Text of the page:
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Ethnicity, educational attainment and the transition from school

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  • Steve Bradley
  • Jim Taylor

Abstract

Differences between ethnic groups in educational attainment and transition from school are investigated using pooled cross-sectional data for the period 1992-98 obtained from the Youth Cohort Studies, School Performance Tables and the Schools' Census. After controlling for family background, peer group, schooling and neighbourhood, ethnic minority youths (except for Afro-Caribbeans) perform substantially better in national exams than whites. Staying on is influenced by prior educational attainment, peer group, schooling and ethnic origin. Non-whites are more likely to stay on and less likely to enter the labour market. The results vary between boys and girls. Copyright Blackwell Publishing Ltd and The Victoria University of Manchester, 2004.

Suggested Citation

  • Steve Bradley & Jim Taylor, 2004. "Ethnicity, educational attainment and the transition from school," Manchester School, University of Manchester, vol. 72(3), pages 317-346, June.
  • Handle: RePEc:bla:manchs:v:72:y:2004:i:3:p:317-346
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    Citations

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    Cited by:

    1. Deborah Wilson & Simon Burgess & Adam Briggs, 2011. "The dynamics of school attainment of England’s ethnic minorities," Journal of Population Economics, Springer;European Society for Population Economics, vol. 24(2), pages 681-700, April.
    2. Melvin Borland & Roy Howsen & Michelle Trawick, 2005. "An investigation of the effect of class size on student academic achievement," Education Economics, Taylor & Francis Journals, vol. 13(1), pages 73-83.
    3. Steve Bradley & Pam Lenton, 2007. "Dropping out of post-compulsory education in the UK: an analysis of determinants and outcomes," Journal of Population Economics, Springer;European Society for Population Economics, vol. 20(2), pages 299-328, April.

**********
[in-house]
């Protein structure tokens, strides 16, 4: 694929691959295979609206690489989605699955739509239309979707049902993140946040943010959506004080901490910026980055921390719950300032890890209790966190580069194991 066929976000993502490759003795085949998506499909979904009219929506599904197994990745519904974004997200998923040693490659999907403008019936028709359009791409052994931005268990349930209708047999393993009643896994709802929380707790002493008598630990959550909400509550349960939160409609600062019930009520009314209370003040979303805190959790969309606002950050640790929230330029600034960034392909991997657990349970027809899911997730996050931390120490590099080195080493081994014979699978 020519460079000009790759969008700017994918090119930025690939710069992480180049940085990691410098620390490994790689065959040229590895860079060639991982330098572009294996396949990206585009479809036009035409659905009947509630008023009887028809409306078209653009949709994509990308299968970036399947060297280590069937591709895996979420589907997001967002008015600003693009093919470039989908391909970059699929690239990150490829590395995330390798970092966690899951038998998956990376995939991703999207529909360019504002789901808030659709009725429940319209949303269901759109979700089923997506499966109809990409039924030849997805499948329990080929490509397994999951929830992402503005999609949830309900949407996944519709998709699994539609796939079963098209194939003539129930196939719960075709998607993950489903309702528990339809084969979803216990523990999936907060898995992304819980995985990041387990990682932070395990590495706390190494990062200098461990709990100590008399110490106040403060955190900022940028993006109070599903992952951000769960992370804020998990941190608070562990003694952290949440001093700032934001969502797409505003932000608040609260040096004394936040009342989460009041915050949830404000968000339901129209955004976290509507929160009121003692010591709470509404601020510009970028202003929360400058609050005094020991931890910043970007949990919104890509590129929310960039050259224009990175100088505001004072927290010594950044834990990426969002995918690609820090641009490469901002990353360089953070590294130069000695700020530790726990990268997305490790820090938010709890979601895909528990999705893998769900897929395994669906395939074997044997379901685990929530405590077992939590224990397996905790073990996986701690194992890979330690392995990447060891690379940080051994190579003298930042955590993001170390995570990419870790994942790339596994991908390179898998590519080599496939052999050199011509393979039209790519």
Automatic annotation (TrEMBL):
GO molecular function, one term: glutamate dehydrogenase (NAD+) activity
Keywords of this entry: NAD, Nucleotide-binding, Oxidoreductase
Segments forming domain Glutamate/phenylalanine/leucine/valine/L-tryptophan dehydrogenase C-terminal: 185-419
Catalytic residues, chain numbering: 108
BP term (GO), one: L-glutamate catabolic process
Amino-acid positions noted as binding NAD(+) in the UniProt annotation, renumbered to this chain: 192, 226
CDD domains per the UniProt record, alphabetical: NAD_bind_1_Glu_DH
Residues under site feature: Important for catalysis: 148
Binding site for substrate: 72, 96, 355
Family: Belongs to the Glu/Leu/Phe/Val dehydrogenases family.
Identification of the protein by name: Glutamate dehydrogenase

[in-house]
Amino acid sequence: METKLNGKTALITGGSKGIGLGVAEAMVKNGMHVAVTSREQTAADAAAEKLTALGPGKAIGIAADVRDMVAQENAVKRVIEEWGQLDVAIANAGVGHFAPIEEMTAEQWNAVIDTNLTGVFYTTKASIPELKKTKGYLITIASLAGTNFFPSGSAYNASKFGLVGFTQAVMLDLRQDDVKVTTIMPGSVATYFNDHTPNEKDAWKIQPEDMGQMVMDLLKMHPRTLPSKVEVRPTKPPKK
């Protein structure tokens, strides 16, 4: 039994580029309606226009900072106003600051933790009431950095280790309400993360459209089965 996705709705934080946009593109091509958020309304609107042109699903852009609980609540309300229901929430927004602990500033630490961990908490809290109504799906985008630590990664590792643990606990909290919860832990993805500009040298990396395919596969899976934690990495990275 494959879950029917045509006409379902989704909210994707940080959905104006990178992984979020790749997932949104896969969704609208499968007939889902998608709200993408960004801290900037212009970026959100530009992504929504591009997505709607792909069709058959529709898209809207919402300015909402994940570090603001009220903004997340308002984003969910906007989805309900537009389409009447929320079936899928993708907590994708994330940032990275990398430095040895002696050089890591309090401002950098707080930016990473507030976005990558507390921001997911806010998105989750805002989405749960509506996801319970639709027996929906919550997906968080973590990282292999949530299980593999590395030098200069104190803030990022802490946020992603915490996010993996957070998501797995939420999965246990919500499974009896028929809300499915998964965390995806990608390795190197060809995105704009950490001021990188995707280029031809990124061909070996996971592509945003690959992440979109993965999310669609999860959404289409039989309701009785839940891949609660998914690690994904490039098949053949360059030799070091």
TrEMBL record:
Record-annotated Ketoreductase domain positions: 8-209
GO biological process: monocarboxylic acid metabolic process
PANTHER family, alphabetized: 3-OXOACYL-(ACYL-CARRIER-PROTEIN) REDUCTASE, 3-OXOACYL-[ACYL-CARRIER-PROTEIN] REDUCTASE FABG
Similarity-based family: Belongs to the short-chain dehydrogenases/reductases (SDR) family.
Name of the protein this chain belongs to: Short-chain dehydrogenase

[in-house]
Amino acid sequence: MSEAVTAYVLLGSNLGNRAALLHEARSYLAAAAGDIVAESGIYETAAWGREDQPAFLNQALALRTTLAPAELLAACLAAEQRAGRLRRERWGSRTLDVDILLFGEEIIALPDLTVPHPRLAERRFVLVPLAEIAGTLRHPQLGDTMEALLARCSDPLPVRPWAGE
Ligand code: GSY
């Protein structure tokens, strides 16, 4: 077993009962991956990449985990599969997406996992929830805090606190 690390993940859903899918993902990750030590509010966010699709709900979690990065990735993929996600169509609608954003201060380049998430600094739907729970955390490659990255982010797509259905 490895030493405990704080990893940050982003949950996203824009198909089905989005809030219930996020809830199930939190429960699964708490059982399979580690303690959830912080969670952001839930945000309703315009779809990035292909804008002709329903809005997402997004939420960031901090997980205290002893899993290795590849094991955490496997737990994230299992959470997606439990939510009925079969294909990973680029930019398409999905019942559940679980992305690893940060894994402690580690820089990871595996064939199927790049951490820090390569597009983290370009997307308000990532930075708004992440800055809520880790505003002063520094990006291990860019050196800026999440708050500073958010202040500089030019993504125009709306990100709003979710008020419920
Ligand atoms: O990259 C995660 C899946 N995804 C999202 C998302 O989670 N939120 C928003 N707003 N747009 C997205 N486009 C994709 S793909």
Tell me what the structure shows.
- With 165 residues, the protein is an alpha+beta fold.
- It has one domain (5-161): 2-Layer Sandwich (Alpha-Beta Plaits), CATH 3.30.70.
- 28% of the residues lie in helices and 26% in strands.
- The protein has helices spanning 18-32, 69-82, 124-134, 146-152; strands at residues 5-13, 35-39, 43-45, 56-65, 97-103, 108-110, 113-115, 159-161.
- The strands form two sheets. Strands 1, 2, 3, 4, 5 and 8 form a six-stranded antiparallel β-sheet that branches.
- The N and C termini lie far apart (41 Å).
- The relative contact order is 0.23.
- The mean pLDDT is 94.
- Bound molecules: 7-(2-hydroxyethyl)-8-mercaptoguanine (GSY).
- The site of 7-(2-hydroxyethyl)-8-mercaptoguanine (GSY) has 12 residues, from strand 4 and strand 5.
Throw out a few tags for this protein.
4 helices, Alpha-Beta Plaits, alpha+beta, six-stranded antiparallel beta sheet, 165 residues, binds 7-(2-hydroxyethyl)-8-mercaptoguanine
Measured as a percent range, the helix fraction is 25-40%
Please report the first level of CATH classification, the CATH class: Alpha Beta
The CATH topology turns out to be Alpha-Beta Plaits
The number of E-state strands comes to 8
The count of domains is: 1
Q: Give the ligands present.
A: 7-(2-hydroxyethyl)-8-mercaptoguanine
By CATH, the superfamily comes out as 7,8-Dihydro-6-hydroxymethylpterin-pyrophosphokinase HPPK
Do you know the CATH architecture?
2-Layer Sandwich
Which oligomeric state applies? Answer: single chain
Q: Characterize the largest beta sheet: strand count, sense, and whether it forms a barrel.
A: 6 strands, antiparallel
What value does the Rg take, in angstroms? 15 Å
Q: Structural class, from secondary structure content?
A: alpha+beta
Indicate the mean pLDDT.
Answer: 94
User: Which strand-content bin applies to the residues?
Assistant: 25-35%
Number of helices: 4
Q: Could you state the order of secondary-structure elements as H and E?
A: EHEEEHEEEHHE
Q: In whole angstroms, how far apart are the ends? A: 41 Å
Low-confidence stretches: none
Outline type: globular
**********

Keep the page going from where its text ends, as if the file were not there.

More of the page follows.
4. Patacchini, Eleonora & Zenou, Yves, 2006. "The Dynamics of the Racial Test Score Gap During the School Years in Britain," CEPR Discussion Papers 5661, C.E.P.R. Discussion Papers.
    5. repec:cep:sticas:/118 is not listed on IDEAS
    6. Steve Bradley & Jim Taylor, 2010. "Diversity, Choice and the Quasi-market: An Empirical Analysis of Secondary Education Policy in England," Oxford Bulletin of Economics and Statistics, Department of Economics, University of Oxford, vol. 72(1), pages 1-26, February.
    7. Wilson, Deborah & Burgess, Simon & Briggs, Adam, 2006. "The dynamics of school attainment of England's ethnic minorities," LSE Research Online Documents on Economics 6245, London School of Economics and Political Science, LSE Library.
    8. Kingdon, Geeta & Cassen, Robert, 2007. "Understanding low achievement in English schools," LSE Research Online Documents on Economics 6222, London School of Economics and Political Science, LSE Library.
    9. Simon Burgess & Deborah Wilson & Adam Briggs & Anete Piebalga, 2008. "Segregation and the Attainment of Minority Ethnic Pupils in England," The Centre for Market and Public Organisation 08/204, Department of Economics, University of Bristol, UK.
    10. Patacchini, Eleonora & Zenou, Yves, 2007. "The Racial Test Score Gap and Parental Involvement in Britain," IZA Discussion Papers 2613, Institute for the Study of Labor (IZA).
    11. Patacchini, Eleonora & Zenou, Yves, 2009. "On the sources of the black-white test score gap in Europe," Economics Letters, Elsevier, vol. 102(1), pages 49-52, January.
    12. J Taylor & S Bradley & G Migali, 2009. "The distributional impact of increased school resources: the Specialist Schools Initiative and the Excellence in Cities Programme," Working Papers 602528, Lancaster University Management School, Economics Department.

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